The UK is about to switch its currency from Pounds to Euros, giving a gang a chance to rob the poorly-secured train loaded with money on its way to incineration. But, during the robbery, one of the big bags falls literally from the sky on Damian's playhouse, a 7-year old given to talking to saints. The boy then starts seeing what the world and the people around him are made of. Ethics, being human and the soul all come to the forefront in this film. Written by
Danny Boyle and Frank Cottrell Boyce mention at 27:17 in the DVD commentary, that one of the actors who play the martyrs of Uganda claimed to be a descendant of the real martyrs of Uganda of 1881. See more »
Nations transitioning to the euro were allowed to keep legacy currency in circulation as legal tender for two months - and, even after the official dates, they continued to be accepted for exchange by national central banks for varying periods - and indefinitely in some countries. See more »
The French have said au revoir to the franc, the Germans have said auf wiedersehen to the mark, and the Portuguese have said... whatever to their thing.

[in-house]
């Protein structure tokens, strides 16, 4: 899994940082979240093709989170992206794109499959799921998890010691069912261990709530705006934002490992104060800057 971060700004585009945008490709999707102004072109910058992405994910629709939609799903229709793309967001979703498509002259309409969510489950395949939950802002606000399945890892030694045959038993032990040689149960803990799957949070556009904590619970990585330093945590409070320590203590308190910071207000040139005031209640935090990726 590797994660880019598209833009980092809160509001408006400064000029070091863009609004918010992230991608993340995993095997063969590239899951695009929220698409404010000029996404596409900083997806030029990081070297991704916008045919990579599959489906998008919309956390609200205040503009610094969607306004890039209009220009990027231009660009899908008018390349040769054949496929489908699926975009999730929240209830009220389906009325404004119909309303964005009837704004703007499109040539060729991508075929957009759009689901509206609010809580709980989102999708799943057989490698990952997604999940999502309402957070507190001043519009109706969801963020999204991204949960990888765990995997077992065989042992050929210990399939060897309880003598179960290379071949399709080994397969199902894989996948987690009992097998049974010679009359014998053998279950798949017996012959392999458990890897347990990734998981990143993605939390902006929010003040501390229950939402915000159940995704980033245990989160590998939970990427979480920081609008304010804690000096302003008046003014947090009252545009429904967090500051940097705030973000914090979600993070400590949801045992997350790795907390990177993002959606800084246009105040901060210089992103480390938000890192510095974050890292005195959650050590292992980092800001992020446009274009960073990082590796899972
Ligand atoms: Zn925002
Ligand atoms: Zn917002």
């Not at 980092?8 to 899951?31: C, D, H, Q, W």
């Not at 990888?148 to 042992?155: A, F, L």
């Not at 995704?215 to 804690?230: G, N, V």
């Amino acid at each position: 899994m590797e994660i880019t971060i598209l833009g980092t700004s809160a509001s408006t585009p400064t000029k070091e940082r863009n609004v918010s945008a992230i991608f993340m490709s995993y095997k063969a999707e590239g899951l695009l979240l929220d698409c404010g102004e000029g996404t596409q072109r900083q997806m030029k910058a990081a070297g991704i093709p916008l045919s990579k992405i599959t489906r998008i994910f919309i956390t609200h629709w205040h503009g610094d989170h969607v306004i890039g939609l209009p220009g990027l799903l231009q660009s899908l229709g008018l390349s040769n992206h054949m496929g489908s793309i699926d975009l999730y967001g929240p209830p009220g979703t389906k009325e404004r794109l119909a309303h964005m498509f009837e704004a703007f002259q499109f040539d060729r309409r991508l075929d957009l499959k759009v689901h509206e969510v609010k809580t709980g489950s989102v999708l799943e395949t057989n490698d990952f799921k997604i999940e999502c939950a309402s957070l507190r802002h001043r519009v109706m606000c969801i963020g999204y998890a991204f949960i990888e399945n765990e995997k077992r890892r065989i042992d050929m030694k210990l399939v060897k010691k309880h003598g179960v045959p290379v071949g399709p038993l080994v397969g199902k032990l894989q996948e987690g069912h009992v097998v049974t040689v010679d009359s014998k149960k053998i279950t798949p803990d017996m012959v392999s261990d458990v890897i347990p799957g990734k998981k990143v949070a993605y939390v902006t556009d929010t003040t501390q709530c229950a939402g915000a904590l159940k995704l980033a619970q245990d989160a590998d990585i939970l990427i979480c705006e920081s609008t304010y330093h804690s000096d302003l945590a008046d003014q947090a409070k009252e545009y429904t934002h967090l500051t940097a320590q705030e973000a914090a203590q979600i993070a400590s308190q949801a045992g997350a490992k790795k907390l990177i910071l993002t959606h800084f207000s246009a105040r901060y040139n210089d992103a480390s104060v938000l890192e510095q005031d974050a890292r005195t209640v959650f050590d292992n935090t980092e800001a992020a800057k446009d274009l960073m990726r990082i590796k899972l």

See more »
When the Pathe logo comes up, the shadow of the hen has a halo over its head. See more »
This is one of the best films I have seen in recent years. Unfortunately not too many people have seen it. Hopefully good word of mouth will gain a wider audience.
Although it stars two child actors, Millions is not a "kids" movie, but can be entertaining and meaningful for all ages. Although the Catholic religious imagery plays a significant role, I would not call this a religious film. As the characters are Catholic, their religion provides their reference point for morality.
This film has humor and mystery, and is quite touching as well. There are some striking visual images. Plus it makes you think. Basically it asks the question: "What does it mean to live a 'good' life?"
49 of 60 people found this review helpful.
Was this review helpful to you?